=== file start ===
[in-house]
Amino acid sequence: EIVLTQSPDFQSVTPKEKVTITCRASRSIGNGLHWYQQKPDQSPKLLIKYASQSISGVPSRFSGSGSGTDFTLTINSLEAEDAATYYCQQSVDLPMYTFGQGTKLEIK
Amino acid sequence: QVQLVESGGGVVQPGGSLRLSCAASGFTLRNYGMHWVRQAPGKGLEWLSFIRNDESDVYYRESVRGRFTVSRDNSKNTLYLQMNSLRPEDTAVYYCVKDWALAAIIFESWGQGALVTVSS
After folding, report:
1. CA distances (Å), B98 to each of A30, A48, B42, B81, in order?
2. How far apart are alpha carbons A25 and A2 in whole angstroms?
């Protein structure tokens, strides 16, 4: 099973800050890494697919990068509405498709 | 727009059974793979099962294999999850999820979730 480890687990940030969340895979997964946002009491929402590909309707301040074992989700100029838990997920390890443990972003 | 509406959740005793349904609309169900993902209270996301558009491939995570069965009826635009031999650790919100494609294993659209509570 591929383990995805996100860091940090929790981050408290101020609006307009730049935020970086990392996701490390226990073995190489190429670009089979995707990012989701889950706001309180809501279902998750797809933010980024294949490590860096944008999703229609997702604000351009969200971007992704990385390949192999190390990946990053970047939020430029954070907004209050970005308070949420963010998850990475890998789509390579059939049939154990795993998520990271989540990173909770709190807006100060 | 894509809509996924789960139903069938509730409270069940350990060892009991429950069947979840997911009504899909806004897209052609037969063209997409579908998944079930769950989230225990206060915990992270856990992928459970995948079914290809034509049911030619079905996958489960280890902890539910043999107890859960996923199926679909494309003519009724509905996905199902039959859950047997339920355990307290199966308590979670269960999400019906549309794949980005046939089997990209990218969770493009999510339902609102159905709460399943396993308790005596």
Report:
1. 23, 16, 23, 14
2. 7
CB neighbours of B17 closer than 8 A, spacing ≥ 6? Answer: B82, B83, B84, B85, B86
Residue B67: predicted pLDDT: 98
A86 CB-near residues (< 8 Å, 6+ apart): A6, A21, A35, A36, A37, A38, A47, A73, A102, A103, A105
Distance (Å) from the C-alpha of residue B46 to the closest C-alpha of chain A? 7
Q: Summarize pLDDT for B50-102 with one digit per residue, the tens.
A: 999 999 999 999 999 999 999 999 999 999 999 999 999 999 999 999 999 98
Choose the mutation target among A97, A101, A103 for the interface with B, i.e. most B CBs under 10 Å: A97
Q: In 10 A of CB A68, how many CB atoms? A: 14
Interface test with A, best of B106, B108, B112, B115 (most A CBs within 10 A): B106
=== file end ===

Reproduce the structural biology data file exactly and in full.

[in-house]
Amino acid sequence: EIVLTQSPDFQSVTPKEKVTITCRASRSIGNGLHWYQQKPDQSPKLLIKYASQSISGVPSRFSGSGSGTDFTLTINSLEAEDAATYYCQQSVDLPMYTFGQGTKLEIK
Amino acid sequence: QVQLVESGGGVVQPGGSLRLSCAASGFTLRNYGMHWVRQAPGKGLEWLSFIRNDESDVYYRESVRGRFTVSRDNSKNTLYLQMNSLRPEDTAVYYCVKDWALAAIIFESWGQGALVTVSS
After folding, report:
1. CA distances (Å), B98 to each of A30, A48, B42, B81, in order?
2. How far apart are alpha carbons A25 and A2 in whole angstroms?
């Protein structure tokens, strides 16, 4: 099973800050890494697919990068509405498709 | 727009059974793979099962294999999850999820979730 480890687990940030969340895979997964946002009491929402590909309707301040074992989700100029838990997920390890443990972003 | 509406959740005793349904609309169900993902209270996301558009491939995570069965009826635009031999650790919100494609294993659209509570 591929383990995805996100860091940090929790981050408290101020609006307009730049935020970086990392996701490390226990073995190489190429670009089979995707990012989701889950706001309180809501279902998750797809933010980024294949490590860096944008999703229609997702604000351009969200971007992704990385390949192999190390990946990053970047939020430029954070907004209050970005308070949420963010998850990475890998789509390579059939049939154990795993998520990271989540990173909770709190807006100060 | 894509809509996924789960139903069938509730409270069940350990060892009991429950069947979840997911009504899909806004897209052609037969063209997409579908998944079930769950989230225990206060915990992270856990992928459970995948079914290809034509049911030619079905996958489960280890902890539910043999107890859960996923199926679909494309003519009724509905996905199902039959859950047997339920355990307290199966308590979670269960999400019906549309794949980005046939089997990209990218969770493009999510339902609102159905709460399943396993308790005596």
Report:
1. 23, 16, 23, 14
2. 7
CB neighbours of B17 closer than 8 A, spacing ≥ 6? Answer: B82, B83, B84, B85, B86
Residue B67: predicted pLDDT: 98
A86 CB-near residues (< 8 Å, 6+ apart): A6, A21, A35, A36, A37, A38, A47, A73, A102, A103, A105
Distance (Å) from the C-alpha of residue B46 to the closest C-alpha of chain A? 7
Q: Summarize pLDDT for B50-102 with one digit per residue, the tens.
A: 999 999 999 999 999 999 999 999 999 999 999 999 999 999 999 999 999 98
Choose the mutation target among A97, A101, A103 for the interface with B, i.e. most B CBs under 10 Å: A97
Q: In 10 A of CB A68, how many CB atoms? A: 14
Interface test with A, best of B106, B108, B112, B115 (most A CBs within 10 A): B106